The Burns Harbor Advisory Plan Commission forwarded a zoning amendment to
the Town Council dealing with large public assemblies, but planners decided
an ordinance that would regulate digging in public rights-of-way needs more
If OK’d by the council, the assembly ordinance would regulate any show,
concert or gathering at which 100 or more persons would be charged to
attend/enter the event, or at which alcoholic beverages would be sold.
A permit process is outlined, beginning with application made in writing at
least 45 days prior to the event to the town clerk-treasurer giving specific
information about the proposed activity; also, review by town department
heads would occur, certified notice given to adjoining neighbors and a final
determination made at a public Town Council meeting.
Cost of the permit application would range from $100 for more than 100
attendees but less than 1,000 to multiples of that amount depending on crowd
The provisions of the ordinance would not apply to any indoor or outdoor
assembly at an established and permanent stadium, banquet hall, auditorium,
arena or place of worship.
No one spoke on the ordinance’s merits at a required public hearing Monday.
An additional zoning proposal that would have amended the excavation
ordinance was pulled; language in the town building code may be changed
instead. After staff review this month a revised proposal will be discussed
at the June 6 commission meeting.
Originally the commission wanted to strengthen the excavation ordinance so
commercial/industrial contractors and utility crews digging in town
right-of-way would have to give notice and provide basic details like
contact information. But the intended changes mushroomed potentially into
also requiring homeowners to apply for an excavation permit, which includes
an application fee and hearing before the Plan Commission, if the
right-of-way to be disturbed was on their residential property.
“I’m not waiting 45 days to put in a bush,” said commission president Jeff
Freeze. Others questioned how homeowners would install mailboxes and other
yard amenities, and the cost of obtaining an excavation permit was a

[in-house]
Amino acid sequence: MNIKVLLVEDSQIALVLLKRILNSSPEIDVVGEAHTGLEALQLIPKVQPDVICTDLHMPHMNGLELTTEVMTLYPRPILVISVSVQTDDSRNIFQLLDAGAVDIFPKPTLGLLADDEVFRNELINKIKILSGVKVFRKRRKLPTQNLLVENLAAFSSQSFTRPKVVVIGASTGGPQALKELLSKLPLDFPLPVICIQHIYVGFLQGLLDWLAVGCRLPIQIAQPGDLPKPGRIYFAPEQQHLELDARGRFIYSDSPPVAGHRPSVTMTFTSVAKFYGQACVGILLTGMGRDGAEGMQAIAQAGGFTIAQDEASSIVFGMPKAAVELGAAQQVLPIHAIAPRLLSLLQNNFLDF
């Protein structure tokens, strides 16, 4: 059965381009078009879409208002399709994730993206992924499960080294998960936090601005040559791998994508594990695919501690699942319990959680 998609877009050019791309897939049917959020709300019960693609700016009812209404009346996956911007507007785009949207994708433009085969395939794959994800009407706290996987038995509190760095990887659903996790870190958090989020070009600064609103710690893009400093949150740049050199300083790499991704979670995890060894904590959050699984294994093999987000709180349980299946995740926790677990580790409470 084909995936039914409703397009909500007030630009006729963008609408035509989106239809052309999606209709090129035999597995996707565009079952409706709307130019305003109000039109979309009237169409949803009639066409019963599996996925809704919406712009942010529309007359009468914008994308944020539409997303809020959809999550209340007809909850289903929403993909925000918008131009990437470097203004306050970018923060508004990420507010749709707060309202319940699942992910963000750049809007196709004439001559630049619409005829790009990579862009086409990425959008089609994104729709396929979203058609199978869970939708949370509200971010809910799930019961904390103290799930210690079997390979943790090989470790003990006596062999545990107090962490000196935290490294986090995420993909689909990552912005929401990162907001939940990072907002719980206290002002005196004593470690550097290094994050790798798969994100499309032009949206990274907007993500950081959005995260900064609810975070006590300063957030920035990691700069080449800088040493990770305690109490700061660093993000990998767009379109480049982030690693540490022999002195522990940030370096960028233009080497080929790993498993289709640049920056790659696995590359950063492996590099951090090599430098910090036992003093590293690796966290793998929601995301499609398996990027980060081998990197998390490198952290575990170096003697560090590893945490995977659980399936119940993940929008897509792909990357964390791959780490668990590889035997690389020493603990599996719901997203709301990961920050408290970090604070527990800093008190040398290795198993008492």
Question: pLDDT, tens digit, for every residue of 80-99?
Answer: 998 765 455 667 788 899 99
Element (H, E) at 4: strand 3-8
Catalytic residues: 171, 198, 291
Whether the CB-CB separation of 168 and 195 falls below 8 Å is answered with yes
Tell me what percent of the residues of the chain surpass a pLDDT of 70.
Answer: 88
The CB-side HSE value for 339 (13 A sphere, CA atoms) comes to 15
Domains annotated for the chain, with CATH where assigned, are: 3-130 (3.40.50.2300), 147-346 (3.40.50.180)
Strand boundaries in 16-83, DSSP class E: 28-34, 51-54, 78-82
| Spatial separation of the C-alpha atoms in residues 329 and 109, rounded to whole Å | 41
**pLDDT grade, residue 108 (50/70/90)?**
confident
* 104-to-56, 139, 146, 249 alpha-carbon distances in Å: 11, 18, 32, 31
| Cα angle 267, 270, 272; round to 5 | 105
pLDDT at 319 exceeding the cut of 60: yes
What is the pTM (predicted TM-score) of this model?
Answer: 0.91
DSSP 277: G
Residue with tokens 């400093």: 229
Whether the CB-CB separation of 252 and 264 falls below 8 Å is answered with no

Hesham Khalil of town engineer Global Land Surveying and Engineering said
Burns Harbor now is included on the 811 utility locate program to identify
the placement of town-owned infrastructure including underground wiring for
the street lights in the Village of Burns Harbor subdivision.
Charging a fee to offset the cost of the town’s 811 inspections is being
considered by its Sanitary Board, said Khalil.
Commission member Jerry Price said the town could require everyone who plans
to dig to ask for a utility locate, but existing residential property owners
wouldn’t have to pay. It was noted by others that even well-meaning
homeowners still could damage town infrastructure.
Said commission and council member Toni Biancardi, “We tried to make
everything fit in the excavation ordinance and it doesn’t fit.”
Khalil, commission attorney Charles Parkinson and building commissioner Bill
Arney were asked to consider alternate ways to assure the protections needed
are in place yet not put an undue burden on homeowners.
In a related matter, Lake Shore Ford owner Bob Kerr explained why piles of
dirt have been dumped on land he owns east of the U.S. 20 dealership; last
year dirt was placed with Kerr’s approval on 15 acres he owns west of Pilot
Travel Center, too. Arney had notified Kerr of both violations.
"All I thought was it’s an opportunity to get some free dirt so I jumped on
it,” Kerr told the commission.
Changing the grade east of Lake Shore could impact stormwater flooding at
Old Porter Road, Khalil said, and dumping at the 15-acre site could run
afoul of filling in wetlands. Kerr was instructed to meet with town
officials and return June 6 with a status report or excavation-permit
application that also regulates elevation changes.
Arney said he’s going to get tough over large piles of broken concrete
sitting north of U.S. 20 where the former Standard Plaza truck stop east of
Indiana 149 was torn down by the town last year.
Wells Fargo Bank reimbursed Burns Harbor for its demolition costs as
representative of the Nevada owners, but Arney told the commission a bank
official is stonewalling when it comes to removing the debris after
environmental testing took place at the site months ago.
Biancardi said the town didn’t go to the effort of having the derelict plaza
torn down only to have the site still look bad. Arney said maximum fine for
the lack of action is $2,500 per day.
In other business, commission members discussed the need to update town code
regarding LED signs, the new industry standard. Brightness, colors and
length of time a message is displayed need to be addressed, they said.
Khalil is active in the Chesterton/Duneland Chamber of Commerce, which won
recent town approval there to put up a new, decorative LED welcome sign in
Chesterton to advertise member businesses and announce local events. He
suggested Burns Harbor wait to see the chamber plans for its sign’s
construction and operation.
In the interim, said Khalil, Burns Harbor could issue a moratorium on LED
signs. No action was taken.